No drones for Greensboro Police Department

Clark talking about problems with the noise ordinance
"Where we can measure, until we learn how to hover, will always be a problem." -Police Attorney Jim Clark

A few weeks ago at a meeting about Greensboro's noise ordinance, Clark remarked about the difficulty of measuring decibel levels in a "sound shadow," which is created by amplified noise emanating from a rooftop (think Greene Street club and Center Pointe, at least until the club puts a grill in).

Clark didn't say anything about drones, but his comment about hovering rattled around in my head for a while after the meeting. Is Greensboro considering drones to monitor big public events, handle noise complaints, look for stolen vehicles or anything similar?

Other cities have toyed with the idea of drones, with some like Seattle abandoning plans after concerns about surveillance. Campus police at the University of Alabama in Huntsville are even getting drones to monitor the college. I figured it was unlikely here, but not far-fetched, so I asked if the department had looked into, discussed or done anything about drones.  Turns out the department has talked about it, but there are no plans in the works.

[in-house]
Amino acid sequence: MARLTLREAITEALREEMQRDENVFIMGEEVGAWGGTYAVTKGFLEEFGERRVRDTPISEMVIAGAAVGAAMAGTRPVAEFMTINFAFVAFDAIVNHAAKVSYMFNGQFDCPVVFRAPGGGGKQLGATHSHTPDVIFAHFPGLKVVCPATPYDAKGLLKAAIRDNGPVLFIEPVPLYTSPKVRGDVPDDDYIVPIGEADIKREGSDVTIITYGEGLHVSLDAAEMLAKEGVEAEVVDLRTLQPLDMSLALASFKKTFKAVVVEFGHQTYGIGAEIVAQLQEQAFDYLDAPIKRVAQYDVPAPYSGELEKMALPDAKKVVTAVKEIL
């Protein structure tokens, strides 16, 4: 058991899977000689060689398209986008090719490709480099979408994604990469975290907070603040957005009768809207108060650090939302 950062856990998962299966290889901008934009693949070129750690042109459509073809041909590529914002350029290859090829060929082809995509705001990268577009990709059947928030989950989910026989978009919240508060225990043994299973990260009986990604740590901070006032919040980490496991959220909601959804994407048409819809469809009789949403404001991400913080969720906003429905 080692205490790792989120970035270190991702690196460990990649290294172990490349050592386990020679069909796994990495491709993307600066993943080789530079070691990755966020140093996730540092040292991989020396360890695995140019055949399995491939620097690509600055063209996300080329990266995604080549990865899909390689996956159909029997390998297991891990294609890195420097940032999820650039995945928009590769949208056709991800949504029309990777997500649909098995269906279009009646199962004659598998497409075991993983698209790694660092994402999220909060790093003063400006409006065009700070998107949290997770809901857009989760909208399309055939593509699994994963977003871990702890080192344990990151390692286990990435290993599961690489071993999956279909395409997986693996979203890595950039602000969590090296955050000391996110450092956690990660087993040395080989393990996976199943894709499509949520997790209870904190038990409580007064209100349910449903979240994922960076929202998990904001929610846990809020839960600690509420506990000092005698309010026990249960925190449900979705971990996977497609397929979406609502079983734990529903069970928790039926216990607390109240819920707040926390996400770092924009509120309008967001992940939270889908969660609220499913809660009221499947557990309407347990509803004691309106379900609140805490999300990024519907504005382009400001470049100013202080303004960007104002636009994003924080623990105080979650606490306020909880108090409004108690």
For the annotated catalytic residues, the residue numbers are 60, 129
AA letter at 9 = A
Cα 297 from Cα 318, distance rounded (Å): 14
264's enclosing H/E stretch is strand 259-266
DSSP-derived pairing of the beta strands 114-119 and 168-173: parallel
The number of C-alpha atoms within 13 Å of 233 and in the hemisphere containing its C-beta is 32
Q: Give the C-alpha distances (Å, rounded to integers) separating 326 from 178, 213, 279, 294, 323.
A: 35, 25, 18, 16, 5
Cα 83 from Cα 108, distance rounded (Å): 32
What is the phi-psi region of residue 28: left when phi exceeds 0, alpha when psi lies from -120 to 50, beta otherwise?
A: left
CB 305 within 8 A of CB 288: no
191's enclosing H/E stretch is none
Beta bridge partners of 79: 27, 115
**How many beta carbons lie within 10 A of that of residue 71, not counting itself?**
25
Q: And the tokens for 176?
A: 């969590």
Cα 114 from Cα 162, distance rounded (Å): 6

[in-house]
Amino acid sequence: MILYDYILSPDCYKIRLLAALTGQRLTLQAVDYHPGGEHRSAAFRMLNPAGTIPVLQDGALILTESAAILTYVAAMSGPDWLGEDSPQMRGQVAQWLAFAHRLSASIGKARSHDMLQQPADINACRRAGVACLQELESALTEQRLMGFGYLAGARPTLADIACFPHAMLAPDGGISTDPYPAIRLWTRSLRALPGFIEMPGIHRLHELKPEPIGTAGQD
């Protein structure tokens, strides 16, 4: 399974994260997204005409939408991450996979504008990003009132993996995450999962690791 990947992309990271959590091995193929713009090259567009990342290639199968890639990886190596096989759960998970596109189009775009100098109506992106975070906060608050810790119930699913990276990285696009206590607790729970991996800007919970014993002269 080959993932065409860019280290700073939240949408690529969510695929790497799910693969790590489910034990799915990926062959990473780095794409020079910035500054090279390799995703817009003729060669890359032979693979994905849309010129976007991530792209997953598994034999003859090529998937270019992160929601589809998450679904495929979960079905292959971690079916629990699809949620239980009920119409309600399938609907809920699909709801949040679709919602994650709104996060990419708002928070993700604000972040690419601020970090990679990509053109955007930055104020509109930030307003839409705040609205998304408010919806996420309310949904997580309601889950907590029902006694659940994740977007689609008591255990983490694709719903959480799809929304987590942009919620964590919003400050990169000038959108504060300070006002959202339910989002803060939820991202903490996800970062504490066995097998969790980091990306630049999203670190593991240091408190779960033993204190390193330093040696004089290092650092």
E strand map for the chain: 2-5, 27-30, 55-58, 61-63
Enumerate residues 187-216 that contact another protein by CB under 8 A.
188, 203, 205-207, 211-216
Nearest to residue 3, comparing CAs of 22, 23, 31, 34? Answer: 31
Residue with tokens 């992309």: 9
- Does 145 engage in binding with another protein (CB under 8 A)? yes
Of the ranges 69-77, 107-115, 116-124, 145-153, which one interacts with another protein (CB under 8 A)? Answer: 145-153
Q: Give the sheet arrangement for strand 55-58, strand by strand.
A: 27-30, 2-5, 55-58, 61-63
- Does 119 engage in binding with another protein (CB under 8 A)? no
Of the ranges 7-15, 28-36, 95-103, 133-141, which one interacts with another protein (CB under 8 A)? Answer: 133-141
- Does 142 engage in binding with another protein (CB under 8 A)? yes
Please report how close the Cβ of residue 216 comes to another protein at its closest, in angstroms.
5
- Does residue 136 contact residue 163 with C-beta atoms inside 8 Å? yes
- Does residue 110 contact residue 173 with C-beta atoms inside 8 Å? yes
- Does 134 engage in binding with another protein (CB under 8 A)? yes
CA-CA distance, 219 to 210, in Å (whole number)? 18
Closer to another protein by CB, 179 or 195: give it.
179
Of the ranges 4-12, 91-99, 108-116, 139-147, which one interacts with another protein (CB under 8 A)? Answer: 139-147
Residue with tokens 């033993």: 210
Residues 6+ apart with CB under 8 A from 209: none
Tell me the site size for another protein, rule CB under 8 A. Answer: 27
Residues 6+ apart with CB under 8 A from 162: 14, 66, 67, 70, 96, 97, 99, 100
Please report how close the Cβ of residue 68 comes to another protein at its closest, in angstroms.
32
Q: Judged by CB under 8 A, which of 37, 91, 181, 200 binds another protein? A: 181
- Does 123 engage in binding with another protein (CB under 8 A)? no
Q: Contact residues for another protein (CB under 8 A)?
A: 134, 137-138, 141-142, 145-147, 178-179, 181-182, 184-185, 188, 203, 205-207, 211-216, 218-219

"We don't currently have drones and are not forecasted to get any," police spokesperson Susan Danielsen said via e-mail. "We do think they would be helpful in searching for missing persons."

Screenshot from the News & Record
UPDATE: While the total number of votes in this poll, conducted by the News & Record on their website last month, is unknown, the results show that an overwhelming number of people who participated are concerned about police using drones. Out of nearly 1,000 votes, about 85 percent said they are concerned.

A link to the poll results is no longer live on the newspaper's website. The poll was a sidebar on the homepage of the paper's site.

No comments: